Billy Strings was the subject of a profile segment on this weekend’s episode of CBS Sunday Morning.

In the segment, Conor Knighton and Strings, real name William Apostol, dove into the 30-year-old guitarist and bandleader’s long-help bluegrass dreams via an old class assignment from his kindergarten class. On a prompt about what he wanted to be when he grew up, the young Billy had written “bluegrass player.”

“I mean, I was already… sort of a musician already,” Billy explained of his youthful foresight. The segment continued with various photos and video clips of Strings through the years as he spoke about being schooled on bluegrass by his dad, Terry Barber. “Playing bluegrass all night, and my dad was the life of the party. And I was like,’man, that’s what I wanna do.”

“It was amazing, and then, somewhere, those parties started to get a little darker and people started going to jail. As a little kid, I’m going, ‘Oh man, what’s going on?'” he explained, referencing his parents’ struggles with methamphetamine addiction. “It just felt like if I was there, I was gonna become an addict or go to prison or end up dead somehow.”

Related: Cory Wong Conducts Wide-Ranging Interview With Billy Strings On ‘Cory & The Wongnotes’ [Watch]

After moving out of his home at age 13, Billy took up with a metal band, which helped him hone his now-famous stage presence. “I learned how to play music by playing bluegrass around a fire with my dad and stuff,” he said, “but I learned how to perform in a metal band.”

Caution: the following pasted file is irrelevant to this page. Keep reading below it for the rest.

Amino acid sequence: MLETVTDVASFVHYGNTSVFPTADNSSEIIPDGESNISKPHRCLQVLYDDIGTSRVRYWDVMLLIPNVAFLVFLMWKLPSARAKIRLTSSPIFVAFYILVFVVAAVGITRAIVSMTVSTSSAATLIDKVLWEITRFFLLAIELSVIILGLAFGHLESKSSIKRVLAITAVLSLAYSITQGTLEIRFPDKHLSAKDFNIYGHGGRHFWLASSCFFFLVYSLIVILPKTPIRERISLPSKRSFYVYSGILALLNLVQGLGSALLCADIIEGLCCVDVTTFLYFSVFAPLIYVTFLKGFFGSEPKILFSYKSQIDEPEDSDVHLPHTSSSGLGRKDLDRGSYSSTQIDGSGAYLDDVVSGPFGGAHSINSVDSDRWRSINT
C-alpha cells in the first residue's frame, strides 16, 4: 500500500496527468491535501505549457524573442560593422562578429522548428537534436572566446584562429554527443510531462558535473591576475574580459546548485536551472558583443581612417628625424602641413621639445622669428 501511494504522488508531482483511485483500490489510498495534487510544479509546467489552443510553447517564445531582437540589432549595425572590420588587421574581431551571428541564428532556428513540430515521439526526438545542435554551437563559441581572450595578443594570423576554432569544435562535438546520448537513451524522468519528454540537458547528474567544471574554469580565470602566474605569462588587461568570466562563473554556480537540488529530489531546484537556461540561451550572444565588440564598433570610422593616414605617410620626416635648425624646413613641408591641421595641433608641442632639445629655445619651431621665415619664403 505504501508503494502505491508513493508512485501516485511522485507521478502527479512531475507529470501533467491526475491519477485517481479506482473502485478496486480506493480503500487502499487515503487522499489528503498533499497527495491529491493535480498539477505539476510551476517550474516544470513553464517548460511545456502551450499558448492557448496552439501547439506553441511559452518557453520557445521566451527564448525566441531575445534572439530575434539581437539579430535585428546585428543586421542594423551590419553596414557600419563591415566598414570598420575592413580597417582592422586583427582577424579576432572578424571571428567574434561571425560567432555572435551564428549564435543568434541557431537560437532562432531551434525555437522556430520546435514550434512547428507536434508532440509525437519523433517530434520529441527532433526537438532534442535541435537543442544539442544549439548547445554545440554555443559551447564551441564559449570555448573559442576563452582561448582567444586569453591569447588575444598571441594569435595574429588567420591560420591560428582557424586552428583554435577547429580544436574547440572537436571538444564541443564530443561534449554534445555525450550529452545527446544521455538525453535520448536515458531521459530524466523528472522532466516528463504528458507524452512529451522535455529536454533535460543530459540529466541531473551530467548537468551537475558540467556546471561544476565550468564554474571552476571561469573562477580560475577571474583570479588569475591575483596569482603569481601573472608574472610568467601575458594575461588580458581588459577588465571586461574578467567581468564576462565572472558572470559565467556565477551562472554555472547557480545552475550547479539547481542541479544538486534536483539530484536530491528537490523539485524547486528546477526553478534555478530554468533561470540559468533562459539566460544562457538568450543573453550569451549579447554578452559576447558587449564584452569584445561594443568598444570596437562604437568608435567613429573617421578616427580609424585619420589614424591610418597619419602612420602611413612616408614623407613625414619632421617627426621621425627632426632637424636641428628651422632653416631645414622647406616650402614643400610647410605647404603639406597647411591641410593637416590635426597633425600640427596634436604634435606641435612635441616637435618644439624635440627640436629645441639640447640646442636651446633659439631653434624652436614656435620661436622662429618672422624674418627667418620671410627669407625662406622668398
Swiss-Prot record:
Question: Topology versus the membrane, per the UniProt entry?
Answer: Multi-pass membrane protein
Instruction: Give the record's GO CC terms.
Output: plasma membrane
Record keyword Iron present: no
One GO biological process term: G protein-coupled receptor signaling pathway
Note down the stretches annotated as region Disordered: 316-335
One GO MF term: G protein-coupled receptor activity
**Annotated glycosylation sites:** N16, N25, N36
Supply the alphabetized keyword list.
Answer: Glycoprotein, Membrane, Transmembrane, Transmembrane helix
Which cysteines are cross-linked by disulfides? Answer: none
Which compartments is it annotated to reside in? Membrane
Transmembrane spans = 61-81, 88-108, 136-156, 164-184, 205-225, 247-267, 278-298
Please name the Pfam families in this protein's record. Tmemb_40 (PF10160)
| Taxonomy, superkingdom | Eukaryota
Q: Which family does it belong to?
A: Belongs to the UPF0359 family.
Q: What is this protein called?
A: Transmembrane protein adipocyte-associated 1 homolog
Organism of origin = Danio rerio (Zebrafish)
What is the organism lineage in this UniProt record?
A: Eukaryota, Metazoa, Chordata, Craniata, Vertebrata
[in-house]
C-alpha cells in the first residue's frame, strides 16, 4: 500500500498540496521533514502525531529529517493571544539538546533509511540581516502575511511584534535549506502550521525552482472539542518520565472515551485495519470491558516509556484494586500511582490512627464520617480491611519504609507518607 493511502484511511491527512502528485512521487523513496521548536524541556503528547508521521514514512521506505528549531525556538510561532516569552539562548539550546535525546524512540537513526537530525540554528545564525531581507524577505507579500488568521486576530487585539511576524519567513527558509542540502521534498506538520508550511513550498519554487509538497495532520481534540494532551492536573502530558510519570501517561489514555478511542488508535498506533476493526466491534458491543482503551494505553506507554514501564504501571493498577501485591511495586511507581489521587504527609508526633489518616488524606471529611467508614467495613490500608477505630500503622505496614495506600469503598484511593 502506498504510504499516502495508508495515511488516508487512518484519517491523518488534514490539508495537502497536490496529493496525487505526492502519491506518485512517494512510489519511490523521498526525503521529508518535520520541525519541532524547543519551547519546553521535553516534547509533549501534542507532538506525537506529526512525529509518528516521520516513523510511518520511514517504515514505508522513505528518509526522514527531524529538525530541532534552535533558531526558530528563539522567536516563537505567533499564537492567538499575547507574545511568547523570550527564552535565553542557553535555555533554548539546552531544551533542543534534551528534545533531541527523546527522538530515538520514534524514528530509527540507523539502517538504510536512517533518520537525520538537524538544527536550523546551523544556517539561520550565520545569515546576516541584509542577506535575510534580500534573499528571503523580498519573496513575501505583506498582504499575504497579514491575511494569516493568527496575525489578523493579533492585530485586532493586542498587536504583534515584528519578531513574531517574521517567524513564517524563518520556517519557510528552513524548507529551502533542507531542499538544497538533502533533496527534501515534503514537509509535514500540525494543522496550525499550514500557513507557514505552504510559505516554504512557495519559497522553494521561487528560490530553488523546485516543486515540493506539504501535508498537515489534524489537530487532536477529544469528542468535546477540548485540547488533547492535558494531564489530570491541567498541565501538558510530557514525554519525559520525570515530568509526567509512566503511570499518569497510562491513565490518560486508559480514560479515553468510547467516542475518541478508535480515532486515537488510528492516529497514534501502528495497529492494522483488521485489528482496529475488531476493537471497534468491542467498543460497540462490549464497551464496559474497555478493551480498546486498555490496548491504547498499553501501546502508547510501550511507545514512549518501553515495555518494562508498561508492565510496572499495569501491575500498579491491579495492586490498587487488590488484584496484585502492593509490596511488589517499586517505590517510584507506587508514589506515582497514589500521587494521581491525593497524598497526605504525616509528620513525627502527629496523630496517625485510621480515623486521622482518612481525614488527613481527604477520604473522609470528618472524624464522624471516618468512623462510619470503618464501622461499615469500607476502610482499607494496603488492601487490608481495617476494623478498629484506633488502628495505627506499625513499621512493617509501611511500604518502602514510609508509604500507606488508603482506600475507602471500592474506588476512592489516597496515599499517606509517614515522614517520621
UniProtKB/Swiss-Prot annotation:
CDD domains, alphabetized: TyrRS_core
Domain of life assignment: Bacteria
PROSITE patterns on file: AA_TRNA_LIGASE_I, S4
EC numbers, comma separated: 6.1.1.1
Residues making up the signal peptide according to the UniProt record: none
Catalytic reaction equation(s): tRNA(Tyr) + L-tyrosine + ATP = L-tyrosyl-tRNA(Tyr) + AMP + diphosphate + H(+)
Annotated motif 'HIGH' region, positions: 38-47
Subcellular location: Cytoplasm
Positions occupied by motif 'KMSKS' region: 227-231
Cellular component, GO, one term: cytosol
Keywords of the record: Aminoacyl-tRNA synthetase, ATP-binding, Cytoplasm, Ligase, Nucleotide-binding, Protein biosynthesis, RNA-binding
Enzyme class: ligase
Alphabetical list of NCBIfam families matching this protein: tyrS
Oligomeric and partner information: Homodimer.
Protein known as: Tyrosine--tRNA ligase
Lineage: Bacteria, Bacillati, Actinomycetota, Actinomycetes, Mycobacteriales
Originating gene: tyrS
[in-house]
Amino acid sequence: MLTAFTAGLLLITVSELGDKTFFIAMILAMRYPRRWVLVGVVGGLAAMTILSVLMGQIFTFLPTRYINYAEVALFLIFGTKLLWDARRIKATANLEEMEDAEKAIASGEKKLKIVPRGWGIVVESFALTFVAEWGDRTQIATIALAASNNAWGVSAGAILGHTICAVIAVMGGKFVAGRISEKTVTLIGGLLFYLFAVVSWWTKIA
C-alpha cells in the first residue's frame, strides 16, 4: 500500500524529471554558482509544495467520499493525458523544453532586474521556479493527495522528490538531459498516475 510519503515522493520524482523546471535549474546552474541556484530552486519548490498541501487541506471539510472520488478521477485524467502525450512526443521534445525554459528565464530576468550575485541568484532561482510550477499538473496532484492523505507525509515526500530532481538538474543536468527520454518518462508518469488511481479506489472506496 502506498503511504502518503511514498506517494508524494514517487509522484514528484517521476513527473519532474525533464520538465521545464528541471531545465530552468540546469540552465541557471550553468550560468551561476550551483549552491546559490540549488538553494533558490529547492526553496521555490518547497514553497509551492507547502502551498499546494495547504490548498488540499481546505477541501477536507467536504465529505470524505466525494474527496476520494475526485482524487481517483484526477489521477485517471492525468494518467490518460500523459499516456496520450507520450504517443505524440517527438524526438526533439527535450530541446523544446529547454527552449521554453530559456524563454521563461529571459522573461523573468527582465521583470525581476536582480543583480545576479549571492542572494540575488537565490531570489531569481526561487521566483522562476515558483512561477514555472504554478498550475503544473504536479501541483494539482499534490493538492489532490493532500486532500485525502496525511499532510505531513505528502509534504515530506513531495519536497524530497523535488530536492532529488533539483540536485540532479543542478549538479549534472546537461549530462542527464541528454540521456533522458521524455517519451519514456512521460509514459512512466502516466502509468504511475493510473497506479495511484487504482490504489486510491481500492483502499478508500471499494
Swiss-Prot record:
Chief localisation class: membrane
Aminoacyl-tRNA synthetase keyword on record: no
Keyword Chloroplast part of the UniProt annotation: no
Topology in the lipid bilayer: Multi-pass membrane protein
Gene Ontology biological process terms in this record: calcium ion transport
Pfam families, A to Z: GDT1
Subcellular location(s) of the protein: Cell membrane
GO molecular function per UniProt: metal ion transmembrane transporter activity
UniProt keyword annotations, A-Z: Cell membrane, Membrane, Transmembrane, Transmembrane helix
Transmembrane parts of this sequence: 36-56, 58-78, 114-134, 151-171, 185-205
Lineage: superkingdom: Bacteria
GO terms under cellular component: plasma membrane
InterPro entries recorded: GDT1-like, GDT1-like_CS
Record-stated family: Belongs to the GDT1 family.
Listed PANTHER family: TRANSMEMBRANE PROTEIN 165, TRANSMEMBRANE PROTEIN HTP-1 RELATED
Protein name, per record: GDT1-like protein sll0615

He sees that as something that sets him apart from bluegrass stars of the past. “It’s better if you just have no expression, if you just look like a statue. That’s the best,” Billy said of the buttoned-up aesthetic favored by conventional bluegrass. “And even better yet, if you just look like you’re not even stoked to be there.” He confirmed that he, on the other hand, is “very stoked to be there.”

When Knighton made the comparison between Billy’s current fanbase and those associated with the Grateful Dead and “jam bands” in general, Strings retorted, “I don’t really think of us as a jam band that much. We kind of jam. Maybe I’d like a more sophisticated word.” Knighton, quoting a review by American Songwriter, offered an alternative option: “The future of bluegrass.”

Related: Billy Strings Recounts A Brush With The Law In New Single, “Catch & Release” [Watch]

Billy also took Knighton out for some fishing on the lake by his house, spoke about his upcoming album with his dad (his parents have now been sober for ten years), and his goal to focus on his current field of vision instead of dwelling on what’s behind him.

“My whole sort of adult life I’ve been looking in the rearview mirror, dwelling on the past, dwelling on the years I lost with my folks, or dwelling on the poverty that I endured, or whatever. And I’m finally getting to a point now where I’m starting to gaze through the windshield instead. I’m not worried about what’s behind me or ahead, really. Just…” he shrugged, trailing off briefly, “going for a cruise.”

Watch the full clip below. For a complete list of upcoming Billy Strings tour dates, head here.

CBS Sunday Morning – Billy Strings Profile